Saturday, January 10, 2009

Riddled with guilt

** Writer's note: upsetting post

When I'm out and about and see an animal in potential danger, I stop. I've moved turtles off to the side of highways, corralled loose dogs and called their owners, etc. 

So that's what went through my mind as I approached my house tonight after work. It was dark, and a car was coming from the other direction on my road - a relatively major thoroughfare, with speeds of 55+ mph. Right in front of my driveway, that other driver did something - swerved or slowed down - that drew my attention to... holy cow - there's a black dog right in the middle of the road!

No, I did not hit the dog - I was only going like 15 or 20 mph as I slowed to make the turn into my driveway. I passed the dog and saw it was eating road kill. I had to stop to let the other car pass before turning, and the dog looked right at me, then returned its focus to the dead animal (rabbit, I think). There are a few loose dogs that roam the neighborhood, and I recognized it as one of those; I wasn't sure who owned it.

I drove up the driveway and into my garage, and got ready to go out to the road to coax the dog into my driveway and out of danger. Wait, I thought - even with the full moon, I won't be able to read its tags without a flashlight. I'll grab the one out of the back of the car. So I spent a few moments digging around for, and not finding, the flashlight.

I gave up and walked out of the garage, and got about 10 steps down the driveway when... Oh my God, there's a truck coming really fast... it's not slowing down... I can't look.

There was a crash. The pickup truck kept going into the night. I knew, right away, that the dog was dead. The total silence - no yelps of pain, no whimpering - confirmed it. In the immediate aftermath, I couldn't bring myself to look at the scene.

Twenty, maybe 30 seconds, and I would have had that dog out of harm's way! If I hadn't looked for that flashlight! If I hadn't stopped for a burger on the way home! 

My head was spinning. I started shaking. I was on the cusp of hyperventilating. Still outside, I called my dad and asked him what I should do. I called the sheriff and reported it, and they said someone would stop by. All the while, I could hear other cars, maybe three or four, hitting the dog.

I went in and saw my own dog, tail whipping against the side of her crate, whimpering and barking, waiting to greet me. She needed to go out. I walked lock-step with her as she did her business, and got her back in the house ASAP.

I realized that when I called the sheriff, I had not actually seen that the dog was dead. So I steeled myself up, grabbed the house flashlight and gingerly made my way out to the road. It was about 50 feet down the road, mostly off to the side.

My neighbors across the street have a dog I've heard and never seen; they keep it in the back. I was almost certain it was NOT theirs, but I didn't know for sure, so I knocked on their door. It was after 10 p.m., but the lights were on and I figured they'd wonder about the sheriff's car anyway. It was not their dog. Two more cars hit the dog as I talked to them. It was night, the dog was black... I guess I can't blame them.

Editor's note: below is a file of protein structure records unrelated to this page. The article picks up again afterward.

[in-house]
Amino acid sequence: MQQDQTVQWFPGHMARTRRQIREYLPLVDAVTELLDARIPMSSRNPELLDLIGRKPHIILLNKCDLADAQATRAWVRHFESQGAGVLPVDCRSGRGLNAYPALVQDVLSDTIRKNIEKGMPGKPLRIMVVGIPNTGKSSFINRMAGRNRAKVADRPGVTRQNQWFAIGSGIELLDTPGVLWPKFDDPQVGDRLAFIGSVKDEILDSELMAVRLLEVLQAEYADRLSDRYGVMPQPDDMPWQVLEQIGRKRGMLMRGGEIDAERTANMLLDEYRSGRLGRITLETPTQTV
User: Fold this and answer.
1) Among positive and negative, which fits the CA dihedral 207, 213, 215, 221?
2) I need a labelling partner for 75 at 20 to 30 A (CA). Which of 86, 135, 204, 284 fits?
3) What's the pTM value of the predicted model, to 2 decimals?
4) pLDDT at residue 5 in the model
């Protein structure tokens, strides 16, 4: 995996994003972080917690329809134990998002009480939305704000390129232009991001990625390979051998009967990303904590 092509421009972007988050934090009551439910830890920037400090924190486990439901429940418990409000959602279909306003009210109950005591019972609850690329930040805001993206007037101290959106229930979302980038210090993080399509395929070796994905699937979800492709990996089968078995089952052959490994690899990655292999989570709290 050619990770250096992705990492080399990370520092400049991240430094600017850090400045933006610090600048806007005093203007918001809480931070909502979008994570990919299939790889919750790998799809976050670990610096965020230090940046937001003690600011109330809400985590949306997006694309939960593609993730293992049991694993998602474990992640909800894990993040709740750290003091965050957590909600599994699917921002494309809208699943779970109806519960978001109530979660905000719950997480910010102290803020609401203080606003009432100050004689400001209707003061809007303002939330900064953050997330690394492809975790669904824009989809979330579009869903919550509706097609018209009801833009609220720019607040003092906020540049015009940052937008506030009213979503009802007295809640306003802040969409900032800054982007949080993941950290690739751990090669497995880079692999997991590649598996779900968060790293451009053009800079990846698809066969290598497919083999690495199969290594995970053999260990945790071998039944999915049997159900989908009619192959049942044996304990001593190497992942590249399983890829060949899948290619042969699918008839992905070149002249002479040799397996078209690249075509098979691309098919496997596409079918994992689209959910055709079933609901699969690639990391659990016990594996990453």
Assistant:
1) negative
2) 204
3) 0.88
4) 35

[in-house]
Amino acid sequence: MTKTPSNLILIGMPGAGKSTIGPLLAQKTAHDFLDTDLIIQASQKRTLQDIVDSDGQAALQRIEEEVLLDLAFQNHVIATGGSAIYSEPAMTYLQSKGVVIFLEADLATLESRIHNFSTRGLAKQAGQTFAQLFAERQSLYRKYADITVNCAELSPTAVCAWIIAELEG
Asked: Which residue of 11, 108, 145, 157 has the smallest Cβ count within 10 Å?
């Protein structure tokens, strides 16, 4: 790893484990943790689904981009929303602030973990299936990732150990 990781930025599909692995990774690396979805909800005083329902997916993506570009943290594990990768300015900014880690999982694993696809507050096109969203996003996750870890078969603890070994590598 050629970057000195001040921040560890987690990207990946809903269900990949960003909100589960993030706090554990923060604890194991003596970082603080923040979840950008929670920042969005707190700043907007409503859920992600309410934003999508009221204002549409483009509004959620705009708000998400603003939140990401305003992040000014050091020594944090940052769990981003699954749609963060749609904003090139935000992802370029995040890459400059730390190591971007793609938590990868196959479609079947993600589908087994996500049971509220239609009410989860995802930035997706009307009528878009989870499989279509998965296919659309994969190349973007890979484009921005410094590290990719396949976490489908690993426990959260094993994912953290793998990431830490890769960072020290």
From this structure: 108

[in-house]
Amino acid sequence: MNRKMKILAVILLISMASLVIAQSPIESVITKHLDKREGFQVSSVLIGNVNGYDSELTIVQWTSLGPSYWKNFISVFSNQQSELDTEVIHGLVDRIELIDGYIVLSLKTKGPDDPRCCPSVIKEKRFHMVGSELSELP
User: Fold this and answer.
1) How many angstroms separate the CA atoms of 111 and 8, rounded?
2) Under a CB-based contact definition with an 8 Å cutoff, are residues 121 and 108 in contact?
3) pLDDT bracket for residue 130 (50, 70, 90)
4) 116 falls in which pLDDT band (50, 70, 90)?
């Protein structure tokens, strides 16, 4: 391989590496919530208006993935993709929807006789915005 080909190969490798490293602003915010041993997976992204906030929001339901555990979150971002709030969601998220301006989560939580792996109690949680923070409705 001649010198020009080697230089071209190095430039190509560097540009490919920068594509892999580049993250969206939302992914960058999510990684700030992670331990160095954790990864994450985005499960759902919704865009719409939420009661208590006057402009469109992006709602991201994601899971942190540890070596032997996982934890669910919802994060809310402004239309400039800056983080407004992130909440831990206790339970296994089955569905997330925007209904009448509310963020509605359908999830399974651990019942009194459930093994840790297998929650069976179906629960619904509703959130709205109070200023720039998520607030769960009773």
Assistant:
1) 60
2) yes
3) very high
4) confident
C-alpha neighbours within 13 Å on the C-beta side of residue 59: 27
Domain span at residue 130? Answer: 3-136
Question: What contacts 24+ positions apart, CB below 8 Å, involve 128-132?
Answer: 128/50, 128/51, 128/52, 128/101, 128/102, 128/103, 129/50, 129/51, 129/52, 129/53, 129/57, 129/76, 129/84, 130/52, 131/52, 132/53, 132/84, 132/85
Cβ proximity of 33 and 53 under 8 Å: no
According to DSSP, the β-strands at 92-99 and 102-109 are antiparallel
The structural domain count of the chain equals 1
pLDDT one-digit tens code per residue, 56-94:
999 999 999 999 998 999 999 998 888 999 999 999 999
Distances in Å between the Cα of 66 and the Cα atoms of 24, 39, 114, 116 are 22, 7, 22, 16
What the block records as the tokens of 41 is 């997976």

About 10 minutes later the sheriff came out. He looked, and there was no collar. He said someone would be by to pick up the body on Monday. It will have to sit out there all day Sunday.

I thanked him for stopping, and felt a bit childish for not being able to look for the tags myself.

I went back in the house. I thought about the times I'd seen this dog, and became pretty certain which home it belonged to. I don't know for sure, but I think the owners are the same people who had another dog, a yellow one, that got hit in front of my house one evening last summer. That dog, miraculously, survived - in part because I drove it to the vet. Its owner had been drinking and was too drunk to drive, so she frantically asked me to chauffeur the both of them into town.

So then I was getting angry. Those idiots! Didn't they learn their lesson? Didn't the sight of their one dog, trailing a mangled back leg last summer as we hustled it in to the vet's office, teach them anything? Apparently not. And, both times, I've been forced into dealing with the aftermath.

It was after 10:30. There was no way I was knocking on that home's door at this hour, given that kind of news and given that I wasn't 100 percent sure it was their dog. There was nothing else I could do.

I flopped down on the recliner, turned on Saturday Night Live (I needed something to laugh at, and, fortunately, it delivered this week), and petted the dog as she rested her head on the arm of the chair. After a while, I got down on the floor, and gave her a hug as she leaned her weight against me. I told her she was a good dog, as the sound of cars passing outside gave me chills.


christina said...

oh my god! that's so awful! i'm sorry you had to witness that [and that it happened at all, of course.] ugh. sick feeling.

Beverly said...

I'm only reading this now. That's horrible! I'm sorry you had to see it, too.